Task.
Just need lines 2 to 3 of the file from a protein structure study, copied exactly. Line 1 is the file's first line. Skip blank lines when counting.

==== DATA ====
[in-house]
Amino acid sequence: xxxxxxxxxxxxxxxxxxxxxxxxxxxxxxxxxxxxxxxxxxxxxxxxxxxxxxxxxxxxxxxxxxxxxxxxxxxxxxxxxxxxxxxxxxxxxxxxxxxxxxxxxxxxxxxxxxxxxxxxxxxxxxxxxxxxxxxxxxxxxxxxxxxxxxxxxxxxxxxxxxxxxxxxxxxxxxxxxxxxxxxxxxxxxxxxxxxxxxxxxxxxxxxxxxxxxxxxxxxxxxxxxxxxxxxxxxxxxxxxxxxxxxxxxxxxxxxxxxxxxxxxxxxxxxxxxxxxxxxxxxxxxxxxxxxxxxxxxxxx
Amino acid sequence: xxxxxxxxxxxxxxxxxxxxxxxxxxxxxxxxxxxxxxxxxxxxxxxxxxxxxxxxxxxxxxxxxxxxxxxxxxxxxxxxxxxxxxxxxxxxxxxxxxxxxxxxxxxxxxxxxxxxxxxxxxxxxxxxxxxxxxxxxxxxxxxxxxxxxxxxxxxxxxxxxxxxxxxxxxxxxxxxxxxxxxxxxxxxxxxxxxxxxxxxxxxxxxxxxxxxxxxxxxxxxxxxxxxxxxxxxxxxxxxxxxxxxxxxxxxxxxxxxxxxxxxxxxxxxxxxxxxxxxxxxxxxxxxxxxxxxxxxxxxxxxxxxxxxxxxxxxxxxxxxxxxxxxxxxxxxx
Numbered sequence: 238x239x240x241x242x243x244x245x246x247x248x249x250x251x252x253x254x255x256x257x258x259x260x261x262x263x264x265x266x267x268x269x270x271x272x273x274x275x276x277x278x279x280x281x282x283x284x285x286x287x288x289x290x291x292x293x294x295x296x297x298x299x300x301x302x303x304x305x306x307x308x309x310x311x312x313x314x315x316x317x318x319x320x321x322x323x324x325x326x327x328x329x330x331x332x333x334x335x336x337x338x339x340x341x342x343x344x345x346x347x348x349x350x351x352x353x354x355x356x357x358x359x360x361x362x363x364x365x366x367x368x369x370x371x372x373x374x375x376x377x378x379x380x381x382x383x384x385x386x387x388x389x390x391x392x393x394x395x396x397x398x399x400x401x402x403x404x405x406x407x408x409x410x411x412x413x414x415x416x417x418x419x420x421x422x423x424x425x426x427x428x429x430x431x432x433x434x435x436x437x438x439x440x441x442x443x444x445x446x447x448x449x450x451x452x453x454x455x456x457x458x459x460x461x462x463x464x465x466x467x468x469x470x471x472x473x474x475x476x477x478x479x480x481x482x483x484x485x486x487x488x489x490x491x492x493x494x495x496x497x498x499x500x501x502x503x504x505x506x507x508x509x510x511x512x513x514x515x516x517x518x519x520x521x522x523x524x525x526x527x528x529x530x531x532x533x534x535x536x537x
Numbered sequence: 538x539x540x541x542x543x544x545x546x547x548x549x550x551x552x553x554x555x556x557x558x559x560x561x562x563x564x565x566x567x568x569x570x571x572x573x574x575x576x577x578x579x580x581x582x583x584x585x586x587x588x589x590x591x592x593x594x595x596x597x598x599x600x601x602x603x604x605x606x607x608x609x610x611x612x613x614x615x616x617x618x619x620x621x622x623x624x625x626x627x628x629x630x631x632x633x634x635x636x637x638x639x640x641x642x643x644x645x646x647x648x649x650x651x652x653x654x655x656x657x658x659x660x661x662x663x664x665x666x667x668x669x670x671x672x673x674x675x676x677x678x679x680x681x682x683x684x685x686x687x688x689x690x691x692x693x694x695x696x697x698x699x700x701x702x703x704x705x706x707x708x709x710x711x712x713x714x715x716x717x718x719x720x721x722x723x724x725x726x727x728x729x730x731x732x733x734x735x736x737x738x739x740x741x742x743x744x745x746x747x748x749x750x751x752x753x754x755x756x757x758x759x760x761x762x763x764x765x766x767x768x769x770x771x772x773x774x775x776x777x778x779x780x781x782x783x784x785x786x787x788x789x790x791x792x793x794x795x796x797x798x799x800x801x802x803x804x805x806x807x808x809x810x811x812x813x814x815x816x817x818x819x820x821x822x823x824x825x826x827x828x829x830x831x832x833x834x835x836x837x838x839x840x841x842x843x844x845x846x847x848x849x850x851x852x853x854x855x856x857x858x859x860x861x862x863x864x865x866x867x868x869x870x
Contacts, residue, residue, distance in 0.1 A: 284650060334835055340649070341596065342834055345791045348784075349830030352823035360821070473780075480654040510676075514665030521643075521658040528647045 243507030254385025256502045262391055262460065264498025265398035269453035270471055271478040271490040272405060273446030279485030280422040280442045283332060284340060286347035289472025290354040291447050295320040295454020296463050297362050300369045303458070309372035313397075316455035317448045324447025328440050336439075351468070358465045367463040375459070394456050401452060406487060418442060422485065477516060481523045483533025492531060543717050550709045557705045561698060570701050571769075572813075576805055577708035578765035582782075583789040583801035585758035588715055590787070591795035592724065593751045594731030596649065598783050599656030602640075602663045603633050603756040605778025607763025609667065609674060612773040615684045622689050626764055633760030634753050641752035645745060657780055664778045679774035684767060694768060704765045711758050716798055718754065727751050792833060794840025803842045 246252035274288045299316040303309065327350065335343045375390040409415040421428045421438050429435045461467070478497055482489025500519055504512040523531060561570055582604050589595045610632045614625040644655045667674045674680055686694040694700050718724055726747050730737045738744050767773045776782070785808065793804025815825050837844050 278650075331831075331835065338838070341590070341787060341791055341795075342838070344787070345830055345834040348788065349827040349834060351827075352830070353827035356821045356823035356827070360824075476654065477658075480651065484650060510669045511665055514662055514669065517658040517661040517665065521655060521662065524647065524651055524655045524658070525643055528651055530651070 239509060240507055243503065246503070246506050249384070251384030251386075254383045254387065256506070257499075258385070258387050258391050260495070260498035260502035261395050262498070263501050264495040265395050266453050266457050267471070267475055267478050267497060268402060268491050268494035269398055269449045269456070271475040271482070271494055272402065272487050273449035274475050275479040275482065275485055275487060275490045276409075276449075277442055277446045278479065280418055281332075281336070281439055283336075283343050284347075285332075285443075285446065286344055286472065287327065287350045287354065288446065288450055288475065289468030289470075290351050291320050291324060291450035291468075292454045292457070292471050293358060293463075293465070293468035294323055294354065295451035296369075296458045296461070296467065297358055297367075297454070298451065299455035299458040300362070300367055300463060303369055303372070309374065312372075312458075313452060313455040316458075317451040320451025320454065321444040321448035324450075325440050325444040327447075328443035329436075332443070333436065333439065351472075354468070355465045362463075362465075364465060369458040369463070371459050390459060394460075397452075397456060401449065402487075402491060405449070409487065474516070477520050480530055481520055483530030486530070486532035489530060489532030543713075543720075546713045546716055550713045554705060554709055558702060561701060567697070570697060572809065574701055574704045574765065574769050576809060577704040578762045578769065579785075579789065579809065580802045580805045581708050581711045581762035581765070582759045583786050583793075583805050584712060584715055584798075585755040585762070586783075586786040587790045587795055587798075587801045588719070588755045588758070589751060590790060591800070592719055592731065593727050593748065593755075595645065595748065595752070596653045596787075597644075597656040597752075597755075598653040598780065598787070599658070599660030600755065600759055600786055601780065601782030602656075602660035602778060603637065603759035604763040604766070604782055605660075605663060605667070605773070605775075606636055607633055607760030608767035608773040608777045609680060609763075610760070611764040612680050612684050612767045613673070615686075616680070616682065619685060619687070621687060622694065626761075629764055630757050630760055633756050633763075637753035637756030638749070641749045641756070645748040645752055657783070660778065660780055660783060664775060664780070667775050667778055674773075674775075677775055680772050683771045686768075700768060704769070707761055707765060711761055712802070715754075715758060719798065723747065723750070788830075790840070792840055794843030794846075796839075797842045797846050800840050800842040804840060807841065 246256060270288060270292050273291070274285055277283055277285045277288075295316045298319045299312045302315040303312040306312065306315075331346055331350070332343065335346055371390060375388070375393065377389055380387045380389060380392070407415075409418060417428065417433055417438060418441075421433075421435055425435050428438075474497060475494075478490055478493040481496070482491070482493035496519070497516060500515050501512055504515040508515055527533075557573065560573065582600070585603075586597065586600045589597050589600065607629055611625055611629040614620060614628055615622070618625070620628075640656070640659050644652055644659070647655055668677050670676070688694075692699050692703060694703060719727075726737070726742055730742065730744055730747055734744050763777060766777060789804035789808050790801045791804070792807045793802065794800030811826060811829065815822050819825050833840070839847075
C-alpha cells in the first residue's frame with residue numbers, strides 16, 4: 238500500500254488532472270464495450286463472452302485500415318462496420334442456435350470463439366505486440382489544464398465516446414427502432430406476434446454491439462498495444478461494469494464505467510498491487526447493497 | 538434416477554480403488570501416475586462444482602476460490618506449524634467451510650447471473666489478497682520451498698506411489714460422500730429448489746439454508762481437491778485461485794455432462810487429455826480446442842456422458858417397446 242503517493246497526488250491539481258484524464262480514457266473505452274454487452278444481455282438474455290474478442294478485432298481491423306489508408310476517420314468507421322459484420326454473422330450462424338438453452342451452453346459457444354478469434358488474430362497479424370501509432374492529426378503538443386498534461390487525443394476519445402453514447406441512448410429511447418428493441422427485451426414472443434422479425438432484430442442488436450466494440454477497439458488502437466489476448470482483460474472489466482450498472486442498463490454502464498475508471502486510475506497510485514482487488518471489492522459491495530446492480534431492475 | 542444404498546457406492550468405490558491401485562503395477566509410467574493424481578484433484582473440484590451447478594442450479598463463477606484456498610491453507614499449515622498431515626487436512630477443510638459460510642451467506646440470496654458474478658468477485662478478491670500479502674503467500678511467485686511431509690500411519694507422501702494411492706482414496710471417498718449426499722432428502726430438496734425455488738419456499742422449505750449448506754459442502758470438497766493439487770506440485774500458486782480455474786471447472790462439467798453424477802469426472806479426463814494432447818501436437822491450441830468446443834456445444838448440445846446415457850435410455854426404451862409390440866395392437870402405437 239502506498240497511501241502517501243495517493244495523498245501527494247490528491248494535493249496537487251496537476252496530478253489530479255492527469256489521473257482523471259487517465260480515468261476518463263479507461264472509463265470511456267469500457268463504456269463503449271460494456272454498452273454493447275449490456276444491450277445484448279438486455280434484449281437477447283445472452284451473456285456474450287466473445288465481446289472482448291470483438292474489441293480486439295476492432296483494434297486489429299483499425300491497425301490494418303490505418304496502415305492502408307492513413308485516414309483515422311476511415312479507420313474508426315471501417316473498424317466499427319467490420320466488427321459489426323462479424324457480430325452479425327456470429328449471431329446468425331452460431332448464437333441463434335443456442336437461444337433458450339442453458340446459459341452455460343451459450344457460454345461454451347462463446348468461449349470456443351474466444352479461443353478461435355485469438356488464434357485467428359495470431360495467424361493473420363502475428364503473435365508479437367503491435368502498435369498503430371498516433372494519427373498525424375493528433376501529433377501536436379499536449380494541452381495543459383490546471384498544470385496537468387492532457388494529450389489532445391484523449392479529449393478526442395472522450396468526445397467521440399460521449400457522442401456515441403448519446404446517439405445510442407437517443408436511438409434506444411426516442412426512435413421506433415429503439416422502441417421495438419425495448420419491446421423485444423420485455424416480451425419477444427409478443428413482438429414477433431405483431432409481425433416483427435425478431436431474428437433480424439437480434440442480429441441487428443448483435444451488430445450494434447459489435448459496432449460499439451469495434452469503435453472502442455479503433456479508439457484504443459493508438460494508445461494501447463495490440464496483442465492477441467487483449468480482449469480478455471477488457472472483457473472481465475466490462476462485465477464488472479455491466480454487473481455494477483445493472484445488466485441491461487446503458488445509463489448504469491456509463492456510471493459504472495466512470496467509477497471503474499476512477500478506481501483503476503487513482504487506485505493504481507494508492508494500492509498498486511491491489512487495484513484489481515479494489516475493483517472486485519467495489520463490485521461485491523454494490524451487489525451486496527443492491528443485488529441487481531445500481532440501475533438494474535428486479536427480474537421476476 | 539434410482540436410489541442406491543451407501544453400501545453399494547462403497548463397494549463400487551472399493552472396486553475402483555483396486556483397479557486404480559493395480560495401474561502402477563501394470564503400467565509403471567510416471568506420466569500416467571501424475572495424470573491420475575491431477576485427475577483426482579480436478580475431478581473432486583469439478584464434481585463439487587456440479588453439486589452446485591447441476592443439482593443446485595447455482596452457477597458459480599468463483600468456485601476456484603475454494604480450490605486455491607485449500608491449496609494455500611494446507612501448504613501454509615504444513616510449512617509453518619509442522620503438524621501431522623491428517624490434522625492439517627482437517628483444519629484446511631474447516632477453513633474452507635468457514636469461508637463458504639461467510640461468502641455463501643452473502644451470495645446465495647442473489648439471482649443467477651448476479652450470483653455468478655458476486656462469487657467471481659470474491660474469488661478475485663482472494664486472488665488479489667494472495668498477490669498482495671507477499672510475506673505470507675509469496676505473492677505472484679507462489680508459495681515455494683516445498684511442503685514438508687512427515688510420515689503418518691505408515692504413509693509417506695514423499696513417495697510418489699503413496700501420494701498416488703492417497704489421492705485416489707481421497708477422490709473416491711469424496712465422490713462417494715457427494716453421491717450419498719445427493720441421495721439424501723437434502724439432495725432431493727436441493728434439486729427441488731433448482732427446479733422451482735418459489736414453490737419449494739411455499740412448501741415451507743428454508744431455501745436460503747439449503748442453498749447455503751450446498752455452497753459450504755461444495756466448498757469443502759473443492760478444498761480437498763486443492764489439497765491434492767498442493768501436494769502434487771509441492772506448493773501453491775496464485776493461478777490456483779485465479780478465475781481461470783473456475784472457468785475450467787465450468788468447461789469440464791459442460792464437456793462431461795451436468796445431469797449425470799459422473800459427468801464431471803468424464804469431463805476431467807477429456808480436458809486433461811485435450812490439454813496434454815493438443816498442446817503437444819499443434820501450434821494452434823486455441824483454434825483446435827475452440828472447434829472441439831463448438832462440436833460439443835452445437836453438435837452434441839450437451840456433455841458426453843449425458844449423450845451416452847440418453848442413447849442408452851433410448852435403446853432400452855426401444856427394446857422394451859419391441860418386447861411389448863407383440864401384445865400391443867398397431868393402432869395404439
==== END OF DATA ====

Amino acid sequence: xxxxxxxxxxxxxxxxxxxxxxxxxxxxxxxxxxxxxxxxxxxxxxxxxxxxxxxxxxxxxxxxxxxxxxxxxxxxxxxxxxxxxxxxxxxxxxxxxxxxxxxxxxxxxxxxxxxxxxxxxxxxxxxxxxxxxxxxxxxxxxxxxxxxxxxxxxxxxxxxxxxxxxxxxxxxxxxxxxxxxxxxxxxxxxxxxxxxxxxxxxxxxxxxxxxxxxxxxxxxxxxxxxxxxxxxxxxxxxxxxxxxxxxxxxxxxxxxxxxxxxxxxxxxxxxxxxxxxxxxxxxxxxxxxxxxxxxxxxxx
Amino acid sequence: xxxxxxxxxxxxxxxxxxxxxxxxxxxxxxxxxxxxxxxxxxxxxxxxxxxxxxxxxxxxxxxxxxxxxxxxxxxxxxxxxxxxxxxxxxxxxxxxxxxxxxxxxxxxxxxxxxxxxxxxxxxxxxxxxxxxxxxxxxxxxxxxxxxxxxxxxxxxxxxxxxxxxxxxxxxxxxxxxxxxxxxxxxxxxxxxxxxxxxxxxxxxxxxxxxxxxxxxxxxxxxxxxxxxxxxxxxxxxxxxxxxxxxxxxxxxxxxxxxxxxxxxxxxxxxxxxxxxxxxxxxxxxxxxxxxxxxxxxxxxxxxxxxxxxxxxxxxxxxxxxxxxxxxxxxxxx